How Many Lots Should You Trade To Be a Consistent Trader?

June 01, 2024, 9:13 AM | The content is supplied by a Guest author

Lot size matters in forex for so many reasons. For one, their sizes come in four different types, and for every size you decide on, a different level of risk is attached. Also, the larger the size, the more money you have to put into your positions. Understanding lots in the forex market makes all the difference, especially if you're looking to manage your risk and maximize potential profits. This article gives a detailed breakdown of lot size relevance in your portfolio and how to leverage the concept for consistent and profitable trades.

Lots in Forex Explained

Lots is simply the unit of measurement used across the board in forex investments. It is the standardized trade size for foreign exchange trading. Investing in singular units doesn't work in the market, so lots make it easy for investors to trade these smaller units in large batches. The value is the same for all market participants and is regulated to be consistent. Lot sizes are subdivided into 4 major types: standard, mini, micro, and nano. The value reduces as we go down the list, so standard lot sizes are the bigger unit of measurement while the nano is the smallest. The differences in these sizes help traders measure smaller units and work around lesser orders conveniently.

The standard lot size is measurable by 100,000 units of the base currency in a trade. The base currency is the first that appears in a currency pair. For example, in a EUR/USD pair, EUR is the base currency. If the EUR/USD exchange rate is $1.5000, a standard lot in this scenario would be 150,000 units. To buy 100,000 units of EUR, you need 150,000 units of the USD. A mini lot size is one-tenth of the standard lot size, the micro is one-tenth of the mini, and the nano is one-tenth of the micro. This makes the values of mini, micro, and nano lots in this same scenario 15,000, 1500, and 150, respectively.

How Many Lots Should You Trade?

Like many other decisions in the forex market, choosing lots sizes hinges on the risks you're willing to take, the amount of money you can put into the position, and the leverage you need to use. The risks involved in these sizes differ because you're putting less money into a nano than expected for a standard. Most professional traders use standard, and while it comes with more risks, it also means you're maximizing possible profits. However, as a general rule of thumb, factors to consider when making these decisions are account size, stop loss level, and risk tolerance.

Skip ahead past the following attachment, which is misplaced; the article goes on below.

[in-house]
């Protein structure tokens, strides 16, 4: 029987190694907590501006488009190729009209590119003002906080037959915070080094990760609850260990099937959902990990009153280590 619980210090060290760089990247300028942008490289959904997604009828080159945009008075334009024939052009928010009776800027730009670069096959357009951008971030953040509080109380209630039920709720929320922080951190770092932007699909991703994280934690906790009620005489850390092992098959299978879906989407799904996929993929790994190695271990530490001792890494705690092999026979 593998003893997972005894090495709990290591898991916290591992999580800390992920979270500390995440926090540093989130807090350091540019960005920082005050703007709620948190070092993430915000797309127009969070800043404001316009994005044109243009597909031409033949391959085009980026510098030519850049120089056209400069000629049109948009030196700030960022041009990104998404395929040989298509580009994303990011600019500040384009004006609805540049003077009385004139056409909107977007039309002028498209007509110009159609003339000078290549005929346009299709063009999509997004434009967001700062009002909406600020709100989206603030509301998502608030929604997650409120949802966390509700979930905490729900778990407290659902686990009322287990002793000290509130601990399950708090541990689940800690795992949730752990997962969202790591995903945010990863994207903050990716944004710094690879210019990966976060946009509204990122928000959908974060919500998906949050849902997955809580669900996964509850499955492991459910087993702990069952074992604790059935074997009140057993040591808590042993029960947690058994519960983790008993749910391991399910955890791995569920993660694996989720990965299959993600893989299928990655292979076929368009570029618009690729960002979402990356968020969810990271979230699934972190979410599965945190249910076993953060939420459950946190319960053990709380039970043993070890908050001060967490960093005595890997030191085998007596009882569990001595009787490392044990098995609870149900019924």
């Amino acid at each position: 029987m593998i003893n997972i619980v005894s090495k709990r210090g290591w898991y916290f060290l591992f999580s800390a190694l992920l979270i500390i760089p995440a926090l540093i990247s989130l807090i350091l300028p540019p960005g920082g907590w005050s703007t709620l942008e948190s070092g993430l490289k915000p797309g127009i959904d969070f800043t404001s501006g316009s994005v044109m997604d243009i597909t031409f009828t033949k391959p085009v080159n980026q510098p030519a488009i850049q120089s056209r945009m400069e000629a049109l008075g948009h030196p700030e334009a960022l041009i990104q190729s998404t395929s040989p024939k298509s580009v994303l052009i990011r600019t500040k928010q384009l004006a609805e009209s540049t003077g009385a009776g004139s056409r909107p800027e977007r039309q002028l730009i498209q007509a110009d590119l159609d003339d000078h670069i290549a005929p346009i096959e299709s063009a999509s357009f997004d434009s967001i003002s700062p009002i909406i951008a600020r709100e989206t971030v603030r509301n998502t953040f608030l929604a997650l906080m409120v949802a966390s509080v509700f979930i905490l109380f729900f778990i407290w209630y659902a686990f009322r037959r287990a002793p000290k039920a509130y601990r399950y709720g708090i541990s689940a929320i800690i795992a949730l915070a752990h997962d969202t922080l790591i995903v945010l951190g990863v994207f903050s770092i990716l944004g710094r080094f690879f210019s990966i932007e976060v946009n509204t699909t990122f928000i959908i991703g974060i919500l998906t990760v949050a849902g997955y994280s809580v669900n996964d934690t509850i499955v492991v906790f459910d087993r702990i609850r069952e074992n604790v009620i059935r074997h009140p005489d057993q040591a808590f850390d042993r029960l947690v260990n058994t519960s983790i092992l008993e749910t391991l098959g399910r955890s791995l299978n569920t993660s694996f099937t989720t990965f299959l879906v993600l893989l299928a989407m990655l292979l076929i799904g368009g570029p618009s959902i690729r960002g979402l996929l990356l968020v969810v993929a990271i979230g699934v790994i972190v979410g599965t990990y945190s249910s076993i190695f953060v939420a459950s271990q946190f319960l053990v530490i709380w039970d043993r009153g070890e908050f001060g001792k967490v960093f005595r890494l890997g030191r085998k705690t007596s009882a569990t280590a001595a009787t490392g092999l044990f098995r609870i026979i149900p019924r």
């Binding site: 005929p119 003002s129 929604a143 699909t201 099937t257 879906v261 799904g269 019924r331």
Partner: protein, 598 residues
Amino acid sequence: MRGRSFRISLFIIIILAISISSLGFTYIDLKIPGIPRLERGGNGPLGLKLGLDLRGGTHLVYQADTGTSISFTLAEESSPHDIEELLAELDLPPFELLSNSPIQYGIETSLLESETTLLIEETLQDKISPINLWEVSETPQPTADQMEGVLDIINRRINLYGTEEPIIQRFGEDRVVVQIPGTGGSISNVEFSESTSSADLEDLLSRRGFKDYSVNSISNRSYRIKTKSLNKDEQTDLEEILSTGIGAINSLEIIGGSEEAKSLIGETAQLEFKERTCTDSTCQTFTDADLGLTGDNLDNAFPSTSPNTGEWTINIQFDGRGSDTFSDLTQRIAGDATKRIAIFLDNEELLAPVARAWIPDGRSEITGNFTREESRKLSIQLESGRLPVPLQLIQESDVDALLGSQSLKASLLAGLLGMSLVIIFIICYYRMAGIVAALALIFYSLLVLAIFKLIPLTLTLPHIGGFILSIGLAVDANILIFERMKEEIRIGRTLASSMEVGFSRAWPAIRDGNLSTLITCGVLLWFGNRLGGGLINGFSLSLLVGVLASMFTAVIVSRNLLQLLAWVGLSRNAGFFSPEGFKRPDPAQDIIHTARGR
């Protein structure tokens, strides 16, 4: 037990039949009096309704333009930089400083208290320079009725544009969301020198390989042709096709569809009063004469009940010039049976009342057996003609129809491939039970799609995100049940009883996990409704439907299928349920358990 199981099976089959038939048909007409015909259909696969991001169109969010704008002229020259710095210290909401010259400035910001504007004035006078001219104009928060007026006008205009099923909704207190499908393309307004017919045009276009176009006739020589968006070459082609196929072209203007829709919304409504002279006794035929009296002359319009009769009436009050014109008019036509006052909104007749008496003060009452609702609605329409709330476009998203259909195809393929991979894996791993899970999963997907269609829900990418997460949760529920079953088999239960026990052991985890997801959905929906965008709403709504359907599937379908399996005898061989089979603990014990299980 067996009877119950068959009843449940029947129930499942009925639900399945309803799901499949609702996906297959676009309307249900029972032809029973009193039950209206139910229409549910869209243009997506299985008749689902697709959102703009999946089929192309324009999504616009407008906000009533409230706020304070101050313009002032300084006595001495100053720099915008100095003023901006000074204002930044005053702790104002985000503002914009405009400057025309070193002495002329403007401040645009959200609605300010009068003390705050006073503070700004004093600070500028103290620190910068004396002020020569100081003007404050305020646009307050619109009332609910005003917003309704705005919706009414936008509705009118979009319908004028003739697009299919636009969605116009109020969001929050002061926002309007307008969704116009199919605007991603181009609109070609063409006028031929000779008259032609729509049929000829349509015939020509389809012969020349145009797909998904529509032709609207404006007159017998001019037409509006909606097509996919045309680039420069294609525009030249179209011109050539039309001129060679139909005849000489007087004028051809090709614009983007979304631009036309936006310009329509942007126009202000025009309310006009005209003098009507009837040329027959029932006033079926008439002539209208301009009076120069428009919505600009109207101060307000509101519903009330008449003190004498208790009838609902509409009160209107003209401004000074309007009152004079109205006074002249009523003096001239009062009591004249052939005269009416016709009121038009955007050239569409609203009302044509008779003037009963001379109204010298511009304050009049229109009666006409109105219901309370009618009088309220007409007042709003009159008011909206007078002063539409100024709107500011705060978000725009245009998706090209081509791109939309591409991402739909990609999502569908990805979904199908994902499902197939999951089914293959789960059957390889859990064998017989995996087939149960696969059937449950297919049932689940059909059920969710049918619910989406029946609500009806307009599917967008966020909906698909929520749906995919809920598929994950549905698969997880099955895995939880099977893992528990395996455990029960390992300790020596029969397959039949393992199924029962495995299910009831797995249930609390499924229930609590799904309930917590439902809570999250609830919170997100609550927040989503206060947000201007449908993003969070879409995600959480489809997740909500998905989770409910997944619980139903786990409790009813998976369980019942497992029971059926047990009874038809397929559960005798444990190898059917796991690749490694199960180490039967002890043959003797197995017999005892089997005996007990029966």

A general principle is that traders risk no more than 1–2% of their account on every position. Another factor that is quite similar to this is how much loss you're willing to tolerate. It's a personal decision you'd have to take based on your existing trading goals and strategies. Your stop loss level matters as well because you need to determine the price level at which you will exit a market moving against you. In addition, implement position sizing and be sure it aligns with your loss tolerance level. Another tip that can help is to practice demo lot sizing more often, especially if you're new to the process. This helps you refine your strategies and get better before putting real money into the market.

How To Calculate Your Lot Sizes

Trading platforms like MetaTrader 5 are innovations that take the trouble of calculating lot sizes off your hands. In most cases, you won't have to calculate this yourself, especially if you're using these trading applications. For example, the auto lot size on the MT5 platform is a feature that helps investors automatically calculate their lot sizes, following predetermined risk percentages. There are many other tools and resources of similar use, and you can consider incorporating them into your routine. In addition, most brokers offer offline calculators for lot size, pip, margin, and other related concepts you'd need when making a trade.

However, if you need to calculate it yourself at any point, you can get the value of your lot size using the formula below.

Lot size = Risk amount * account balance/stop loss in pip * pip value.

For example, with the following parameters as an example, the lot size would be (0.225 lots or 22,500 units):

Risk tolerance = 3% (0.03)

Account balance = $1500

Value of 1 pip = $0.0001

Stop loss = 50 pips

Lot size = 0.03 * 1500/$0.0001 * 50

Mastering Lot Sizes for Profitability

As your market grows, you need to make necessary adjustments to accommodate the changes. Whether you've made more profits or lost a little, review your account regularly and adjust your risk management plans to account for the changes in your trading account. The secret is to understand how the system works. With every new position and trade, you get to broaden your practical knowledge of using lot sizes to balance risk and profitability.

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